The news of the Pope's resignation shocked Catholics around the world, including right here in the east.
It's the first time a Pope has resigned in nearly 600 years.
Father Justin Kerber, a priest at St. Peter Catholic Church in Greenville, got the call this morning as he was preparing for mass.
"I got a phone call from a priest friend of mine at about 7 o'clock. I thought he was joking," said Father Kerber.
Father Justin visited with the Pope in Rome just a few months ago.
"He was a little slower and he didn't walk the long distances any longer but he was alert, sharp. I mean he's been on top of everything. I don't think he wants to have it that a time will come when he isn't," he said.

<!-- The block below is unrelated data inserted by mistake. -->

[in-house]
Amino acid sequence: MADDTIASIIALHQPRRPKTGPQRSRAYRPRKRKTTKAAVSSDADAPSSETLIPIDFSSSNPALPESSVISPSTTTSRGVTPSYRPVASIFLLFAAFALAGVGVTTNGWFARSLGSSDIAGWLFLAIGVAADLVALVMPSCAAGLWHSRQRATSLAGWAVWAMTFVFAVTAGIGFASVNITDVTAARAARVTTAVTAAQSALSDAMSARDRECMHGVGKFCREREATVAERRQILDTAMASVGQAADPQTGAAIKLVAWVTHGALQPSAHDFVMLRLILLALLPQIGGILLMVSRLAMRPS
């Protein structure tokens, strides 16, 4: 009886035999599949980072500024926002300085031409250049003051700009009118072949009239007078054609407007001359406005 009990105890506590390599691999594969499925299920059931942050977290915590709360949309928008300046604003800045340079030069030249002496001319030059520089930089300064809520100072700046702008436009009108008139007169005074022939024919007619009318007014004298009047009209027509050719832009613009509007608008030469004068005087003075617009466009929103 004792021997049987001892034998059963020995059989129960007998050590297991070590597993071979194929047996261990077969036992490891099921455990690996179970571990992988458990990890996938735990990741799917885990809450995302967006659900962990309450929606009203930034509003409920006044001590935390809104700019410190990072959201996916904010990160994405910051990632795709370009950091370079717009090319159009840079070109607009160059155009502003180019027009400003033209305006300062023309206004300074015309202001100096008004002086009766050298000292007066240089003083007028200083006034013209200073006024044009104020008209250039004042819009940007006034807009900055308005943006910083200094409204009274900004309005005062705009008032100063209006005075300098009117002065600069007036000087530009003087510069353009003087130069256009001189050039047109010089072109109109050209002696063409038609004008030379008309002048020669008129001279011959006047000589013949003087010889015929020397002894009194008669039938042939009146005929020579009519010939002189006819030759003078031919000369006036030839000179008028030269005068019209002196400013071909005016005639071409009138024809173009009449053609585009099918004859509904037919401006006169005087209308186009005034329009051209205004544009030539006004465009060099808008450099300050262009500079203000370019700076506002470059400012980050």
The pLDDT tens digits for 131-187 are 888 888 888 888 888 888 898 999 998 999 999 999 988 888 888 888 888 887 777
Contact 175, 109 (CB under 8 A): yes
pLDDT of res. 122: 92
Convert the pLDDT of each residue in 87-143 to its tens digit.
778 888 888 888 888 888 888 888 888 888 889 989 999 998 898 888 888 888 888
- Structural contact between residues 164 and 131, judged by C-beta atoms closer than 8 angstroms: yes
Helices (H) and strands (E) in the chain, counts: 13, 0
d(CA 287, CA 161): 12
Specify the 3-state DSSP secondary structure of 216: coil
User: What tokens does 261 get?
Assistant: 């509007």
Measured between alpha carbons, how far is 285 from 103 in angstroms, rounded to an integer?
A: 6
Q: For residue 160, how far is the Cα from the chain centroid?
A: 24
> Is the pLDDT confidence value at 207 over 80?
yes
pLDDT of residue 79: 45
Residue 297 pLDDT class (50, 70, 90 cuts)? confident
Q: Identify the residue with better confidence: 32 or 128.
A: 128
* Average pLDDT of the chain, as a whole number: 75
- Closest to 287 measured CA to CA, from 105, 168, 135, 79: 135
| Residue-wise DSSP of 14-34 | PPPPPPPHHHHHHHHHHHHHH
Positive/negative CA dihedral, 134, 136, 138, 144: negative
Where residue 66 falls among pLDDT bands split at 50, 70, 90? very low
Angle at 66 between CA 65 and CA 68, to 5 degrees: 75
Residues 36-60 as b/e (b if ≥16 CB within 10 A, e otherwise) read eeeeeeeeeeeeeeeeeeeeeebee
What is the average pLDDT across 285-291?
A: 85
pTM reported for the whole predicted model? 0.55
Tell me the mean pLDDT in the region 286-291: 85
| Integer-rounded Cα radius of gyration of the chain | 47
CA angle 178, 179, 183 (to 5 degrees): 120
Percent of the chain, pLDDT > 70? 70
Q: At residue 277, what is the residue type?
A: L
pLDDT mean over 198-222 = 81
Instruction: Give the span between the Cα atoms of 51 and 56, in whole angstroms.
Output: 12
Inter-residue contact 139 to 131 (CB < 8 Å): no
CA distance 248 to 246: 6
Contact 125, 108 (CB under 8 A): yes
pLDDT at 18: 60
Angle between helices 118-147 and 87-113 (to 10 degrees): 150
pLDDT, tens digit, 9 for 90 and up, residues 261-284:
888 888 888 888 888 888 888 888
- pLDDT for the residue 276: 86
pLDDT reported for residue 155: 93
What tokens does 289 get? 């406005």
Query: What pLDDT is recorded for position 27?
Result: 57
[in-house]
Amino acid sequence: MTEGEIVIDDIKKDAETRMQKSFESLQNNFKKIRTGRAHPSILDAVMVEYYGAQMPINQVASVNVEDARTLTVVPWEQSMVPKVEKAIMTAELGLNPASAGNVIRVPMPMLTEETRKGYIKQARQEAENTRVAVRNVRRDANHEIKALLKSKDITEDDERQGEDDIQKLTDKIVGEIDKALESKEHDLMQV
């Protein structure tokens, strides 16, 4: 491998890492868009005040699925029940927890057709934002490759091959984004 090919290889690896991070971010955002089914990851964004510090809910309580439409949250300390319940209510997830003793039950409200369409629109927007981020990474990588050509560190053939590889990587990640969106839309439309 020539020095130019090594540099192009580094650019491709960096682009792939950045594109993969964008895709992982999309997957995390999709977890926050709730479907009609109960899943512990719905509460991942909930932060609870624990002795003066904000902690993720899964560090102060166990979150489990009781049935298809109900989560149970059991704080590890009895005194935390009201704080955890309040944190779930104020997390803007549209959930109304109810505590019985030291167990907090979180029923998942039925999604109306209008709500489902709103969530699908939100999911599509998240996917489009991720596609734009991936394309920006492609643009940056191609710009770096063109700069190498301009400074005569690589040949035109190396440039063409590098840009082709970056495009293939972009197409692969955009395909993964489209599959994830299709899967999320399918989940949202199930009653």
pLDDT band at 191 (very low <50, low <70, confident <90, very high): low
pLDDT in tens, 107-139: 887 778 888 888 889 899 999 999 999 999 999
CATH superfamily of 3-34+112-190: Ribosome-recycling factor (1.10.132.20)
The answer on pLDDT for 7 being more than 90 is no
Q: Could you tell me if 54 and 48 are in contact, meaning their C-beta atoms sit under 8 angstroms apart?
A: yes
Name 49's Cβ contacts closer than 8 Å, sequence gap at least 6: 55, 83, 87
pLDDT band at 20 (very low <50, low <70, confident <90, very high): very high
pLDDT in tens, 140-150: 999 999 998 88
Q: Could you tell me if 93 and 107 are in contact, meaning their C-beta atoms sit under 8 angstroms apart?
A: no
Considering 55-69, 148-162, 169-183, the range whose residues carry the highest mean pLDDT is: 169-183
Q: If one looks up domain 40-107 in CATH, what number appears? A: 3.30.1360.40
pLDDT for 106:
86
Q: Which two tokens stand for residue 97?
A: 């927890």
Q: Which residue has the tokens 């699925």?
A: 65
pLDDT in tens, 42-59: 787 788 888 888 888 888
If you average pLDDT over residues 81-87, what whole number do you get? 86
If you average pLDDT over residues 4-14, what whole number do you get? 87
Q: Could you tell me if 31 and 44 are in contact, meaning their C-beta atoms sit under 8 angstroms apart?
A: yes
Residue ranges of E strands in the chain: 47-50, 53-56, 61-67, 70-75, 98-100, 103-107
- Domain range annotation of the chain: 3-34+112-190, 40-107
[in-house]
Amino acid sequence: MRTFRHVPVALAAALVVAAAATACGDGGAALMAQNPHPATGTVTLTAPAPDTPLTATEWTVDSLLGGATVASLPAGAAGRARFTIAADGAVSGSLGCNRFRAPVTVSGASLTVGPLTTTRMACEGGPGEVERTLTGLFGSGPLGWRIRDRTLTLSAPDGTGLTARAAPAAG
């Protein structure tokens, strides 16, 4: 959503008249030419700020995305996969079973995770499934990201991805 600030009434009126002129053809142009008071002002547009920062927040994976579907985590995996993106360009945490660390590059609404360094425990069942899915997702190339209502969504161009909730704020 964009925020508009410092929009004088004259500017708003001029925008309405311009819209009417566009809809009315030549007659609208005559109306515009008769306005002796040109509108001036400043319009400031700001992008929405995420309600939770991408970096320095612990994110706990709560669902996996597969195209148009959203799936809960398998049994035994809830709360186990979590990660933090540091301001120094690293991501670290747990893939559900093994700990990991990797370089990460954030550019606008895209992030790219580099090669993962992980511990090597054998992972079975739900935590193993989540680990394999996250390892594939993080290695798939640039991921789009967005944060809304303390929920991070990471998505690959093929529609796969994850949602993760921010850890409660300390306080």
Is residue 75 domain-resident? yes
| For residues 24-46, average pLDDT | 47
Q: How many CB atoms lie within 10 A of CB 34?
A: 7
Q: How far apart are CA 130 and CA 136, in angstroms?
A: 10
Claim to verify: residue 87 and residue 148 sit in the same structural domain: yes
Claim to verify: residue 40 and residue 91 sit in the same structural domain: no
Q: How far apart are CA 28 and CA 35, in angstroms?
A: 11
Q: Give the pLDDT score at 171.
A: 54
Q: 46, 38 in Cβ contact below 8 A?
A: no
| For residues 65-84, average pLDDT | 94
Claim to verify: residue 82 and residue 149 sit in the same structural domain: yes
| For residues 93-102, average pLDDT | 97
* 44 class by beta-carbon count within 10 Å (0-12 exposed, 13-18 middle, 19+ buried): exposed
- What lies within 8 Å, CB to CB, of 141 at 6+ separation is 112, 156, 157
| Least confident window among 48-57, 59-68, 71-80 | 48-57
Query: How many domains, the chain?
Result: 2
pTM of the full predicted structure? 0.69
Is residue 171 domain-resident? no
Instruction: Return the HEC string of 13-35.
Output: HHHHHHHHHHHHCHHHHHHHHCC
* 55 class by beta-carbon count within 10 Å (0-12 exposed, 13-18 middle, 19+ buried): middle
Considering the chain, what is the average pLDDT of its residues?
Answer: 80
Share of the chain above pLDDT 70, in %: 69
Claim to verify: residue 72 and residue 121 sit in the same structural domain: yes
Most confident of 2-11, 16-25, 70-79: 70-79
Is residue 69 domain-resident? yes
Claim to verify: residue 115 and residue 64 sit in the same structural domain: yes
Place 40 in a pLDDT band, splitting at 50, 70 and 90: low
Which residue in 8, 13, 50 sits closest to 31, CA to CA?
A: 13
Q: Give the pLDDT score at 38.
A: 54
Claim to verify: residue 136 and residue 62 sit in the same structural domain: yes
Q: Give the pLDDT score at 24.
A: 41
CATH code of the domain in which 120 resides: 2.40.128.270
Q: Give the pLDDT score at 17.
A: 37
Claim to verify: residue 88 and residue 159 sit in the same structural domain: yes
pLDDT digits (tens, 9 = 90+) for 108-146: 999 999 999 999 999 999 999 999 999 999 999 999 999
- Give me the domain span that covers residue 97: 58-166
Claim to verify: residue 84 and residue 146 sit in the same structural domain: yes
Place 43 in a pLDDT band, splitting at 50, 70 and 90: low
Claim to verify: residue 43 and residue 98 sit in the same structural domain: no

Could Pope Benedict's move set the bar for leaders of the future?
"Yes. It's a different world with all the medications and people never live this long. At 85 he's still going strong," said Kerber.
At age 78, Benedict was already the oldest Pope elected in nearly 300 years. There are several contenders for his replacement but no obvious front runner.
Only three other Popes in history have voluntarily resigned from their positions.
The last pope to resign was Pope Gregory XII in 1415.
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